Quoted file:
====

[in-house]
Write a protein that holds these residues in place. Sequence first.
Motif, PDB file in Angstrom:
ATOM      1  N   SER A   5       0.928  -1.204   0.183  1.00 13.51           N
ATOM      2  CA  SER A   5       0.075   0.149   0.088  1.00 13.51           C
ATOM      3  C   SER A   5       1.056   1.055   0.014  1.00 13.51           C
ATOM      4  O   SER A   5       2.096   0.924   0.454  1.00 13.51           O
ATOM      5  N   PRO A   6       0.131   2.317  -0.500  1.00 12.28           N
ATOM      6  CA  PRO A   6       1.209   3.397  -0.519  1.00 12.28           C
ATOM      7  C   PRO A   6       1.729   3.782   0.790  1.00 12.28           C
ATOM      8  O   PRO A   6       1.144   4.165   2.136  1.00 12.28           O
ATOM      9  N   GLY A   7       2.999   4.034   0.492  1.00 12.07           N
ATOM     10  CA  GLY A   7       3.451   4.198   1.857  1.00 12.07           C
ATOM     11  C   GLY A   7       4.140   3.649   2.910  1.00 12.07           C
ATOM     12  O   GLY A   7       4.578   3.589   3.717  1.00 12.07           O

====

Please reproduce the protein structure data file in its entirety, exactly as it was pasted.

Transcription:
[in-house]
Write a protein that holds these residues in place. Sequence first.
Motif, PDB file in Angstrom:
ATOM      1  N   SER A   5       0.928  -1.204   0.183  1.00 13.51           N
ATOM      2  CA  SER A   5       0.075   0.149   0.088  1.00 13.51           C
ATOM      3  C   SER A   5       1.056   1.055   0.014  1.00 13.51           C
ATOM      4  O   SER A   5       2.096   0.924   0.454  1.00 13.51           O
ATOM      5  N   PRO A   6       0.131   2.317  -0.500  1.00 12.28           N
ATOM      6  CA  PRO A   6       1.209   3.397  -0.519  1.00 12.28           C
ATOM      7  C   PRO A   6       1.729   3.782   0.790  1.00 12.28           C
ATOM      8  O   PRO A   6       1.144   4.165   2.136  1.00 12.28           O
ATOM      9  N   GLY A   7       2.999   4.034   0.492  1.00 12.07           N
ATOM     10  CA  GLY A   7       3.451   4.198   1.857  1.00 12.07           C
ATOM     11  C   GLY A   7       4.140   3.649   2.910  1.00 12.07           C
ATOM     12  O   GLY A   7       4.578   3.589   3.717  1.00 12.07           O